Submitgender + art
If blogs were mullets, this would be the party at the back where I aggregate anything to do with gender in arts, pop culture and my favorite, queer feminist art. Less a blog than a visual scrapbook/experiment in linking creators and audiences. For the business at the front of sharing art that might interest queer, feminist, womanist, sex radical, genderqueer, transgender, whoever creatives: please click on the pink above.
Titled for Yayoi Kusama, who is the cat's pyjamas.
Jonathan Bogart: She deserves better than to be championed by critics as a moral rebuke to Odd Future or Kreayshawn, especially when those rebukes carry overtones of East Coast snobbery and white people deciding who’s properly black. She also deserves better than to be championed by critics as an aesthetic rebuke to Nicki Minaj or M.I.A., especially when those rebukes carry overtones of anti-chart rockism and dudes deciding who’s properly feminist. But mainly, she deserves better than to be the subject of yet another Women Rapping (Too) profile, only to be forgotten by the time the next XX-chromosomed rap hype comes along. In the relatively brief space of this single song, she’s created not just a persona and a point of view — standard tools for any would-be musician, pop or indie or hip-hop or whatever — but a fully-formed aesthetic, dirty without sleaze, aggressive without sociopathy, gleeful without dumbness. There’s a reason the video focuses so much on her mouth whether rapping, stretching, or smiling: it’s both uncomfortably intimate and unvarnishedly truthful. There’s no escape. She’s here.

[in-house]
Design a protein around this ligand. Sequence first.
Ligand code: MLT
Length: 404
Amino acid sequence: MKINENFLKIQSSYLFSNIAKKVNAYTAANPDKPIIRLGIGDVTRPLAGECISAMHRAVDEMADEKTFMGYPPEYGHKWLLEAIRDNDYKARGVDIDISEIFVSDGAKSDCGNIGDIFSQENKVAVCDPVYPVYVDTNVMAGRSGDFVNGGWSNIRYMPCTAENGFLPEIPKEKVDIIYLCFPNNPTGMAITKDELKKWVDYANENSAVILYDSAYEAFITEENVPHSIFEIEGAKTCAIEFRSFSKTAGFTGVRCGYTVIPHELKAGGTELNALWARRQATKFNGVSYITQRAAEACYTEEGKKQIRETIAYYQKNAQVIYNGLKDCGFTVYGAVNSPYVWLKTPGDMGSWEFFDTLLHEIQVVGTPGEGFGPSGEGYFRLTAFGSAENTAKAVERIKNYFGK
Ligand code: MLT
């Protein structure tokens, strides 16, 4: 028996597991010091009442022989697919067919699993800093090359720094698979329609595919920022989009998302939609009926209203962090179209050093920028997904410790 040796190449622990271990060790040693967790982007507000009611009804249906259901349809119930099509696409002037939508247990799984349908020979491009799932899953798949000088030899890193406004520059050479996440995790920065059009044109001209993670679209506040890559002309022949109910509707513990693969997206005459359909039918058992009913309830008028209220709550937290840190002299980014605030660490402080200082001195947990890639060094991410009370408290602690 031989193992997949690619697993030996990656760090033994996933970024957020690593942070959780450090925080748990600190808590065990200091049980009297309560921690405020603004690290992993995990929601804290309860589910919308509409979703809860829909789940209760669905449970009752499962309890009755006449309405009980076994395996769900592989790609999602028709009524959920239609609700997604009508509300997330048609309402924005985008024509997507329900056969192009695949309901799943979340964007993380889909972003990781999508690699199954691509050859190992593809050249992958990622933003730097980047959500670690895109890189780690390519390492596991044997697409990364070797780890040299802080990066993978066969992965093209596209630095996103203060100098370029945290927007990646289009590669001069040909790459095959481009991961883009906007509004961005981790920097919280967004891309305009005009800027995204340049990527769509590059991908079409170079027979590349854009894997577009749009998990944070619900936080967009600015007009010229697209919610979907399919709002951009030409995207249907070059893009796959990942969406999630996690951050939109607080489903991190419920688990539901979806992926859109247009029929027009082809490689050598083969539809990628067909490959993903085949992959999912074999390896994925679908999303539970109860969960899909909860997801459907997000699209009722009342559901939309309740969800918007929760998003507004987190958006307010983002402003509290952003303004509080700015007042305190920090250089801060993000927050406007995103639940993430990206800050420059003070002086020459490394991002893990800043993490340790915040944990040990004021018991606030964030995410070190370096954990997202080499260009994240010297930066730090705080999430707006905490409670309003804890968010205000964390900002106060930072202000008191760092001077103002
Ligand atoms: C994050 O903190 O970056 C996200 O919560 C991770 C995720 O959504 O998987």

..it was in 1979 that Robinson began forging her indelible mark on an emerging art form that began taking shape at clubs and dance parties in New York. Inspired after listening to people rap over instrumental breaks, Robinson formed the Sugarhill Gang. Comprised Michael “Wonder Mike” Wright, Guy “Master Gee” O’Brien and Henry “Big Bank Hank” Jackson, the trio rapped over a rhythm track that sampled Chic’s 1979 R&B/pop hit “Good Times.” It was the first commercial hit for the burgeoning rap revolution and for Robinson and her husband’s post-All Platinum label Sugar Hill Records, named after Harlem, NY’s Sugar Hill neighborhood.